Pell responded during the TV interview with News Corp Australia columnist Andrew Bolt to claims that he appears unmoved or unsympathetic to victims.

“The fact that somebody seems a bit wooden doesn’t mean they aren’t feeling anything inside,” he said. “I found the meeting emotional, but I am a bit buttoned up. That was how I was trained.”

Pell spoke about his “deeply moving” reconciliation with David Ridsdale, the nephew of notorious paedophile priest Gerald Ridsdale, who has accused Pell of bribing him not to go to police.

“I’m a friend of David Ridsdale and I have always been,” Pell said. “I regret … the misunderstanding with him and the way it’s been fought out publicly.”

“There is a grief when you are in public controversy with someone you obviously like.”

He admitted to feeling scared before the meeting with victims that it would become an ugly confrontation.

“I didn’t want a punch-up that made things worse for the church and for them,” he said.

Pell said paedophilia was a broader societal issue, but admitted there had been a “disproportionate amount” within the Catholic church in the past. “We have to plead guilty to that,” he said.

He said failure to protect children from paedophiles within the church in both Melbourne and Ballarat was “colossal failure of leadership” by those above him but excused himself as having no “real power” or knowledge at the time to act.

Pell also addressed the most controversial moment of the four day hearing where he said the “sad story” of abuse by Ridsdale “wasn’t of much interest” to him when he first heard it.

In a convoluted explanation of the “bad slip”, Pell said that in the 1990s, after he had left Ballarat, he “never liked reading in detail about these matters”.

“Things that were professionally necessary to know, I was completely ready to study them,” he said. “To suggest from that bad slip that I was somehow uninterested in the issue is completely contradicted by the whole of my life.”

Pell said he was viewed as an “evil, insensitive stereotype” and a “hate figure” but would not resign because it would be taken as an admission of guilt. Although, he said he would have to tender his resignation anyway when he turns 75 in June because of church protocol. His resignation may not be accepted.

In other revelations during Bolt’s one-hour interview, broadcast live from Rome on Sky News, Pell said he hopes to return to Australia again but not on a long haul flight because he has collapsed twice after such trips.

“I’ve had a pace maker fitted and angioplasty, both provoked by travel to Australia,” he said.

He also denied Victorian Premier at the time, Jeff Kennett, pushed him to set up an inquiry process into child sexual abuse, saying he already had the idea of a commission.

It was the Cardinal’s first interview since he completed four days of testimony to the commission.

Bolt has been a long-time defender of Pell and last month argued Pell was the victim of “one of the most vicious witch hunts to disgrace this country”.

But Bolt this week penned a piece in which he wrote that Australia’s most powerful Catholic was either a liar or “just dangerously indifferent to his responsibilities.”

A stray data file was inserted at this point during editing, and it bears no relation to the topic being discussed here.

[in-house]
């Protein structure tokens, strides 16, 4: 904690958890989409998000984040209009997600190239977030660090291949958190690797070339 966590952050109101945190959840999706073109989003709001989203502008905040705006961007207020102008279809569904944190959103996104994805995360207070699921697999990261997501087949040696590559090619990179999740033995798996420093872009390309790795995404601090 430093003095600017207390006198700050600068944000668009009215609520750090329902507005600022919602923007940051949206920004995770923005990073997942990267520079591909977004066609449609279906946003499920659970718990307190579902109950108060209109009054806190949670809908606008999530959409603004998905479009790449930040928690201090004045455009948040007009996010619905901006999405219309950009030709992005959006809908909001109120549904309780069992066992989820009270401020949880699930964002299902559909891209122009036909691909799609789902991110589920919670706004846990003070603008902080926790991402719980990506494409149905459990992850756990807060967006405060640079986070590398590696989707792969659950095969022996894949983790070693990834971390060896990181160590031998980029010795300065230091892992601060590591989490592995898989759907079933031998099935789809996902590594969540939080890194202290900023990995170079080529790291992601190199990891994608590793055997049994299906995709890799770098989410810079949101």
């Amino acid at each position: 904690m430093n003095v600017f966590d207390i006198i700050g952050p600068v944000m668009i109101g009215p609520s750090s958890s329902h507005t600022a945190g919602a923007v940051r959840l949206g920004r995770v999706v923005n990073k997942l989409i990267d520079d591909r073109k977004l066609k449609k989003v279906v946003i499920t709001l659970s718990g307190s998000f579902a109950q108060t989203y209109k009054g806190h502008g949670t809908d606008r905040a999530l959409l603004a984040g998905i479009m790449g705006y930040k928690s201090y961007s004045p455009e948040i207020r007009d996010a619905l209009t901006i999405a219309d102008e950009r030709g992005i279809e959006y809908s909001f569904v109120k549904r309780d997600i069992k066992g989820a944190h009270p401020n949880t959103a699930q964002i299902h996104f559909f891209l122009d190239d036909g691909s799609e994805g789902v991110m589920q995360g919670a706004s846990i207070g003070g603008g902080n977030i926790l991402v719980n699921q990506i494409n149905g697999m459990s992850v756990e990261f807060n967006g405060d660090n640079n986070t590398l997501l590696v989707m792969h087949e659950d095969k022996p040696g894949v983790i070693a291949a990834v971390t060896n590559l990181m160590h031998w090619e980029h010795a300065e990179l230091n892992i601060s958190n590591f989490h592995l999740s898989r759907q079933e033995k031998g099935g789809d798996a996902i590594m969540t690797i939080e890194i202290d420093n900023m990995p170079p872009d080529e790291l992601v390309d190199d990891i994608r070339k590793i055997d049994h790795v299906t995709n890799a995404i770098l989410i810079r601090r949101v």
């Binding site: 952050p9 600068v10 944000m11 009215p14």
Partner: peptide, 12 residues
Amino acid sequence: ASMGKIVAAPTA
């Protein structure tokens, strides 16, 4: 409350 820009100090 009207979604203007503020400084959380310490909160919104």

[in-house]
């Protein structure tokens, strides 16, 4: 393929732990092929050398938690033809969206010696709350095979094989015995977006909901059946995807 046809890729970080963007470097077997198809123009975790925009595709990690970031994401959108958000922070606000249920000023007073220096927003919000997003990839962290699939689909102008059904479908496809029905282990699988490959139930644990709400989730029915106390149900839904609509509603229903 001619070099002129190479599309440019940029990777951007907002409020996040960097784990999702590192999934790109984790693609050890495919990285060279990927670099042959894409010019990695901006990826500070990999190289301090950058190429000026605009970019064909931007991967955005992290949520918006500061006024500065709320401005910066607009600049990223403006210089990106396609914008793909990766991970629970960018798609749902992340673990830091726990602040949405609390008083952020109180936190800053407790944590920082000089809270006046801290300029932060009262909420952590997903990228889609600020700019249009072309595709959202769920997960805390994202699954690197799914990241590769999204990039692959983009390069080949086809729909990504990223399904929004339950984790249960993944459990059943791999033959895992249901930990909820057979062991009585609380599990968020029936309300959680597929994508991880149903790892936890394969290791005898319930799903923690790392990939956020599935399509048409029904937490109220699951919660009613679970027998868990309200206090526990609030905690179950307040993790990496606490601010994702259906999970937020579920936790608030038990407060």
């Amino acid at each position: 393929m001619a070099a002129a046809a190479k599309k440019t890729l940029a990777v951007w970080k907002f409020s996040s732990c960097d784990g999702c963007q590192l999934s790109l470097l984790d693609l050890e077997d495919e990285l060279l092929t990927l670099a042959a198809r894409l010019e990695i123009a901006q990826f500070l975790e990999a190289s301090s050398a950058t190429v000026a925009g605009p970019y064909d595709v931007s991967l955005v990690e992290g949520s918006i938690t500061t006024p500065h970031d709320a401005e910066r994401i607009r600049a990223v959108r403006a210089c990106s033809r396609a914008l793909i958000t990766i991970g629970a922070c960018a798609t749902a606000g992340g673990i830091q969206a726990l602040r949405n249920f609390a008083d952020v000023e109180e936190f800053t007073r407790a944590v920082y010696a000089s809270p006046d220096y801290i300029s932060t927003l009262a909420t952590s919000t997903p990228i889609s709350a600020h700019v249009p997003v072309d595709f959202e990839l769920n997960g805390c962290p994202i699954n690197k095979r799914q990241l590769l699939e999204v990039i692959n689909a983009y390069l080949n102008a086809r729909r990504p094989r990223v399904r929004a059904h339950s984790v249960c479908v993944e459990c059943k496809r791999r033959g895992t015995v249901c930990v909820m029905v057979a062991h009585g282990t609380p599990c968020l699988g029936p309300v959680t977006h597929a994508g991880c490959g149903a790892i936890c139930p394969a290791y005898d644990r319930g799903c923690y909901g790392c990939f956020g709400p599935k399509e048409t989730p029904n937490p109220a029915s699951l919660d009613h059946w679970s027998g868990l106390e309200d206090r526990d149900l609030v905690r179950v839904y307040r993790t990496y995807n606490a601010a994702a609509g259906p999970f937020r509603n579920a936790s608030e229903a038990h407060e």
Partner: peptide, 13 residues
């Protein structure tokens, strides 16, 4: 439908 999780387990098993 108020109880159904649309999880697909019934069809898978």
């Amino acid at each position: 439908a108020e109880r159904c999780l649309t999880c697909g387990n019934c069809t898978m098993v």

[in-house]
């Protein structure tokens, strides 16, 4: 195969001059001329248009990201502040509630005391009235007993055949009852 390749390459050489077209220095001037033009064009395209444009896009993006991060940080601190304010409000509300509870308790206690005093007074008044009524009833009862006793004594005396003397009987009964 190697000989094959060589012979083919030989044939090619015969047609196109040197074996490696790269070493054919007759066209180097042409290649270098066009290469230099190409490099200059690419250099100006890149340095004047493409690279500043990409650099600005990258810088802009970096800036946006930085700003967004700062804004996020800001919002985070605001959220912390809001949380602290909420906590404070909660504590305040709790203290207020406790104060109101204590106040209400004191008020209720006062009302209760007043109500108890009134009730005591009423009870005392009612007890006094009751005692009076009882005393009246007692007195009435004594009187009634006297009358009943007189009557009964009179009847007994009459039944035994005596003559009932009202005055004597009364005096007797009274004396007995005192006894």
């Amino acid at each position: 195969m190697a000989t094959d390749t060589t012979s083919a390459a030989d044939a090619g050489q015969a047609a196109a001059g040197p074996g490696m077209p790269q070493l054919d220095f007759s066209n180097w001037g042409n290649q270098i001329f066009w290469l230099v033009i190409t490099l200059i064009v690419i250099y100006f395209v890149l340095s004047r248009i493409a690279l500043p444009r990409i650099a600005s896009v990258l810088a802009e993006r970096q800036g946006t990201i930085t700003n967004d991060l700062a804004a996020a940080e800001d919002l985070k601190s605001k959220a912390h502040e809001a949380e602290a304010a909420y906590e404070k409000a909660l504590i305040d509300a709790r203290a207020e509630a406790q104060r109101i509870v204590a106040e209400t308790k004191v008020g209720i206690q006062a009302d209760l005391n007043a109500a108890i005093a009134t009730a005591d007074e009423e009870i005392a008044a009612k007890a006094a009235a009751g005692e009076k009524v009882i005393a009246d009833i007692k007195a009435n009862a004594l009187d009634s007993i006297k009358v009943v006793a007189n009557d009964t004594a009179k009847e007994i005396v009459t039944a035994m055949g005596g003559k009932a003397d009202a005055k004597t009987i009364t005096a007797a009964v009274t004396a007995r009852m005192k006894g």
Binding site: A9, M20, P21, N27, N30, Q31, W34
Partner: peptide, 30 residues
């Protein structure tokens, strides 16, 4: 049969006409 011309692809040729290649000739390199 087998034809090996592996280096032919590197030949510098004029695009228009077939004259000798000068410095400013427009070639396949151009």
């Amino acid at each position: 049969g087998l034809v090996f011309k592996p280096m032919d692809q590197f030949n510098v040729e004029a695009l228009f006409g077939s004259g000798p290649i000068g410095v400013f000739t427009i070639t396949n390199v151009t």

It followed Pell’s testimony on Tuesday about when he learnt of the offending of notorious paedophile priest Gerald Ridsdale. “It’s a sad story and it wasn’t of much interest to me,” Pell said, prompting audible gasps.

Those words “will stain his reputation forever”, Bolt wrote in an apparent backflip. However, Bolt followed up with a piece in which he retreated from his criticism.

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Rick Worthington eyes the future with Honesty Prevails but Slipper still may fit

Horse trainer Rick Worthington with Honesty Prevails at Warwick Farm stables. Photo: Wolter PeetersWizard of Odds: Live Odds, Form and Alerts for all Racing
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Rick Worthington has been a successful horse trader for years, but there is a difference from buying a horse to trade to finding a Golden Slipper chance.

When he was asked to buy what would later be named Honesty Prevails, Worthington’s simple rules applied. They’re the rules he has used in his business of selling horses to Asia.

“You have to buy an athlete, whatever horse you buy. Because at the end of the day you can’t train a pedigree page,” Worthington said.

“This order was for a filly that could compete at the highest level with a pedigree that would frank her racetrack performances. They wanted both and there aren’t many of them.

“The owner wanted a filly that could perform on the track and into the future [in a] breeding barn, so it had to be an athlete.”

Worthington went to the Magic Millions last year but the strict guidelines meant there was a list of three he would consider. He ended up paying $720,000 for a Redoute’s Choice filly.

In a way that was the easy part because Worthington’s judgment was on trial after that.

It appears he might have got his selection right after Honesty Prevails won a group 3 on debut and now lines-up as favourite for the Reisling Stakes at Randwick on Saturday.

She has proven to be what Worthington hoped when he saw her at the yearling sale. His eye told him she would be “an autumn two-year-old”.

“When we bought her at Magic Millions, I said to them I don’t think she is going to be a Magic Millions type,” Worthington said.

“I said to them that we will put her through the process and if she can get there as a baby she will get herself there.

“Once we broke her in and started the process, straight way she reminded me of an ideal Slipper horse because she is only going to get better over 1400 metres and a mile later on.

“We won’t see the best of her now, but she is good enough to do it now.”

Honesty Prevails careered to victory in the Widden Stakes, which has her up among  the better juvenile fillies around.

However Worthington reminds mindful she will only get better and Saturday is just another step on the path.

“I haven’t screwed her down because we need to let her improve from this run, but the way she is eating and working points to her being hard to beat on Saturday,” Worthington said.

He had race-day jockey Jason Collett ride her work on the course proper at Warwick Farm on Tuesday.

“She’s going well. I wouldn’t say she’s gone backwards from her debut win,” he said. “It is another test on Saturday but she feels like a filly that is doing everything right.”